After permissions, the most important decision data publishers need to make is around licensing. A clear licence determines what can be legally done (and not done) with the data you make available on your site.
What is a licence?
In this context, a licence is a legal statement of what can and cannot be done with copyright works.
When you provide a licence for others to reuse your data, you are giving them permission to use that data in prescribed ways. You should think carefully about how you license your data, as some forms of licence cannot be revoked.
What is copyright?
Copyright is a property right that applies to certain categories of original works. In most countries, copyright lasts for the life of the author, plus seventy years. While most countries have exceptions for specific kinds of uses, these exceptions are generally restrictive. For most uses of copyright works, permission has to be granted by the copyright owner.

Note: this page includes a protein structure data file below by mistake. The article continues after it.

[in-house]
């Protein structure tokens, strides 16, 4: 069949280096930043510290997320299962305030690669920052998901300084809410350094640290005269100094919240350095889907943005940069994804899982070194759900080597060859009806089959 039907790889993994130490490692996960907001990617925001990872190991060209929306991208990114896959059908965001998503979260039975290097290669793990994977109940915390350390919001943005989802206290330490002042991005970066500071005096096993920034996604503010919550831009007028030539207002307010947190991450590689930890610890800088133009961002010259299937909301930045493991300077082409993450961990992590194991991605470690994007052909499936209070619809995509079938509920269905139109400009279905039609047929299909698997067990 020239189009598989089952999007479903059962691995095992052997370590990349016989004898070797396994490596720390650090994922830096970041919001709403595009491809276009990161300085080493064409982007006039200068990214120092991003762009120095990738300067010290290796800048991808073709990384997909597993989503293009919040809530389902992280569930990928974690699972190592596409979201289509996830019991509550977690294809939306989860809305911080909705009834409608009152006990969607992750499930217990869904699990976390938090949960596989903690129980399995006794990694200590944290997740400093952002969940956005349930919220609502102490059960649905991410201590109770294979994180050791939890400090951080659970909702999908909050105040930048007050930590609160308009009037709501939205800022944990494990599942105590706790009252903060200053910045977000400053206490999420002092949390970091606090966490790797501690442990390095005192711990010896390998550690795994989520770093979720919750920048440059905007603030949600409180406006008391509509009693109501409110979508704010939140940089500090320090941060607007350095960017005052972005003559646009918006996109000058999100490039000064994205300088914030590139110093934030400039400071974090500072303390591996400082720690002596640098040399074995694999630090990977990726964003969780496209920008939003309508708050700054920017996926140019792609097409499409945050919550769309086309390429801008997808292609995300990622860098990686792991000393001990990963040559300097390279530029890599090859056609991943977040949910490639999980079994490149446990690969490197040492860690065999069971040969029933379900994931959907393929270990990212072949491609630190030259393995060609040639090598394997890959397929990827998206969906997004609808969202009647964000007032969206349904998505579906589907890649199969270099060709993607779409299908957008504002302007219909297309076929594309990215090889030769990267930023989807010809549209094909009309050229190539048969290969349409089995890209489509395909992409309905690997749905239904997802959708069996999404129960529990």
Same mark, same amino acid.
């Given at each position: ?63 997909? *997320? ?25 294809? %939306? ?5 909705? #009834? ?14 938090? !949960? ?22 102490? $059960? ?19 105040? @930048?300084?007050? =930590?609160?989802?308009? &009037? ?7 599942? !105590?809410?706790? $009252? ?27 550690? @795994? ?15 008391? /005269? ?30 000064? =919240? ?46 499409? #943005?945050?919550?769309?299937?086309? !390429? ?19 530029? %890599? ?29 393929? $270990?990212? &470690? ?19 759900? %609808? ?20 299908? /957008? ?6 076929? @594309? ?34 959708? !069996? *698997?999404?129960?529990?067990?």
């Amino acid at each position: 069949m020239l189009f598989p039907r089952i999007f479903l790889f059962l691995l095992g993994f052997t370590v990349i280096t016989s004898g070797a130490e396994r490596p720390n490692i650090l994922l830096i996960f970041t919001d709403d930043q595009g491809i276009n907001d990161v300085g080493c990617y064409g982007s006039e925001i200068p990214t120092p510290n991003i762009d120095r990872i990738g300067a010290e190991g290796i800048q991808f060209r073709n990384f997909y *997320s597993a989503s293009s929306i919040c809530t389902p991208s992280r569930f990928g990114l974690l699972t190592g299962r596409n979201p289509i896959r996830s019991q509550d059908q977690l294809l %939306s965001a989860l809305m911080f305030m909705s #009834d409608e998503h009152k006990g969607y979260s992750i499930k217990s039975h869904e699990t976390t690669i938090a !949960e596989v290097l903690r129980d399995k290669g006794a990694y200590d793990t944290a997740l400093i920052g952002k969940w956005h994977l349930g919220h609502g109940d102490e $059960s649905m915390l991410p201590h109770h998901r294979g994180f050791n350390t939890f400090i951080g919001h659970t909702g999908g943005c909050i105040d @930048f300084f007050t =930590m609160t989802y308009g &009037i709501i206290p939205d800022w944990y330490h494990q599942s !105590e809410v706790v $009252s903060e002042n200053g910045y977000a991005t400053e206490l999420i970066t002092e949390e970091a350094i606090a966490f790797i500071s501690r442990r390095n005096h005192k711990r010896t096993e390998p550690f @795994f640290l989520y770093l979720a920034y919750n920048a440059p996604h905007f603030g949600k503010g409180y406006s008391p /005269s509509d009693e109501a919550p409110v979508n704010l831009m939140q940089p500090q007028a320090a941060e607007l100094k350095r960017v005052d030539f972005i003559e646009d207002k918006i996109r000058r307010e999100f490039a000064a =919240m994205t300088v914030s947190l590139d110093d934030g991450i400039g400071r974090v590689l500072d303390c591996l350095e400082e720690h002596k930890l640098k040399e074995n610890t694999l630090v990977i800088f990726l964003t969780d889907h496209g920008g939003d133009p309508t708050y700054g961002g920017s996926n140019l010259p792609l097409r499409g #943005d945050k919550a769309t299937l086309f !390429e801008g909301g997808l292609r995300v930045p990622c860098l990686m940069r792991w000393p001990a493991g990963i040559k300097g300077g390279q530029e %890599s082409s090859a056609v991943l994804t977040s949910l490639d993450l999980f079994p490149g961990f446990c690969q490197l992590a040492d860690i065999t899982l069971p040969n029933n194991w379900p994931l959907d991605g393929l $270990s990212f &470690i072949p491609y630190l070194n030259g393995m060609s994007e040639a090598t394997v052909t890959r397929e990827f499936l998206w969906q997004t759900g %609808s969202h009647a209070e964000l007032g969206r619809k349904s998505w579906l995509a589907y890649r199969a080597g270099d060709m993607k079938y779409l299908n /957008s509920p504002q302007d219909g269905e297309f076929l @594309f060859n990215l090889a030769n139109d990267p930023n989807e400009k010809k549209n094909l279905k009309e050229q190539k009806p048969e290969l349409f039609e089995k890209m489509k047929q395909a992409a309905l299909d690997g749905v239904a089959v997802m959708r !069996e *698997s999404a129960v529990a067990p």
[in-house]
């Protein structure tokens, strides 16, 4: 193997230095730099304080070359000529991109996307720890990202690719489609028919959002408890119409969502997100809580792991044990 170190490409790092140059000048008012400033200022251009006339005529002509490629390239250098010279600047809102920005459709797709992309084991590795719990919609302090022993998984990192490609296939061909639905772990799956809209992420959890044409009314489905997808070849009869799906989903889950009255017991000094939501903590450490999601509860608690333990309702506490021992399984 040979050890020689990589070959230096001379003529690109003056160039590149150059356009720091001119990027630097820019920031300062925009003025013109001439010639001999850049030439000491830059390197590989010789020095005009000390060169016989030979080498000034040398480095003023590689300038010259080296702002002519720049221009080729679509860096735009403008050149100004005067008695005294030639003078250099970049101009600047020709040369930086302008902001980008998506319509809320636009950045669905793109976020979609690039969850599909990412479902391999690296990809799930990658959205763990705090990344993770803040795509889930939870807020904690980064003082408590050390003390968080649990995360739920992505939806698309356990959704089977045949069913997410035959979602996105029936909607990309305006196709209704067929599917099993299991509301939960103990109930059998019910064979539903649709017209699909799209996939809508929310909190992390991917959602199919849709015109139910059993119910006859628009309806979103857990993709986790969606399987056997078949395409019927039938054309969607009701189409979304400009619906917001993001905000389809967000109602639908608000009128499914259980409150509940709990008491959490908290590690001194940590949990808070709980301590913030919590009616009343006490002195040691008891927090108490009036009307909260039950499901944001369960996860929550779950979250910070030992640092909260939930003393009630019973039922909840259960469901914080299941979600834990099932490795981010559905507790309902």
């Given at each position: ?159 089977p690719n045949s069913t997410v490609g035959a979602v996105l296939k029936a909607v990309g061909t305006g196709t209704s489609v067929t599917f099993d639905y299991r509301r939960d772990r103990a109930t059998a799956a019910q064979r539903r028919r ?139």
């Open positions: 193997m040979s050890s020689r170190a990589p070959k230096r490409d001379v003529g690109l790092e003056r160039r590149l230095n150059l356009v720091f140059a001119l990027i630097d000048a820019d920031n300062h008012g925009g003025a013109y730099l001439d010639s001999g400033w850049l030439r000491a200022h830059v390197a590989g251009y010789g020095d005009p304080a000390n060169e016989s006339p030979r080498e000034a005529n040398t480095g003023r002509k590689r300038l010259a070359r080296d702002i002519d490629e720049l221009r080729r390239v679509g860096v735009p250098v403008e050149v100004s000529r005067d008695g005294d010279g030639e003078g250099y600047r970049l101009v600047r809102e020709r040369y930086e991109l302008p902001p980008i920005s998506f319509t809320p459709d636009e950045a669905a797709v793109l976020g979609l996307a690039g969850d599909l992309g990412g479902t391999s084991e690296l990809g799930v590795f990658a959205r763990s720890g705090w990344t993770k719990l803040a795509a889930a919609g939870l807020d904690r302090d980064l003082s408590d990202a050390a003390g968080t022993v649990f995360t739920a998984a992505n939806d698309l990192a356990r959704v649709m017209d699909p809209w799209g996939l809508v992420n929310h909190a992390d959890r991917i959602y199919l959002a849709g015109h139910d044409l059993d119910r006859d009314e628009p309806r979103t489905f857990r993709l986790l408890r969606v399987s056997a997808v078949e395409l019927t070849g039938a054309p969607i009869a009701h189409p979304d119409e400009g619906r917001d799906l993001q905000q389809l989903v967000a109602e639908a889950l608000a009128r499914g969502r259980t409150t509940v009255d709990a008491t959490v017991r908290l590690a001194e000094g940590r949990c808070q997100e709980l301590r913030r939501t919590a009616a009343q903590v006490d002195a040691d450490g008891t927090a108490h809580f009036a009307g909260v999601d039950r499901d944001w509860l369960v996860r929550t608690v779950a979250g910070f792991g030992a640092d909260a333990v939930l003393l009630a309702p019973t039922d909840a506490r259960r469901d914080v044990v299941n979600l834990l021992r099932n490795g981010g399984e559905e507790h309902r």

The most prevalent open licence is known as Creative Commons. Creative Commons licences are free, internationally recognised, standardised, and have been adopted by governments, universities, businesses and educators all over the world. There are over a billion works licensed under Creative Commons.
The Creative Commons licences allow you to choose between six licences, ranging from more to less permissive. The less permissive licences restrict commercial and derivative use; the more permissive licence allow commercial reuse, and requires only attribution.
Creative Commons also allows for a Public Domain dedication, called CC Zero. This dedication can be used to give away all related copyrights, to the extent possible under the law.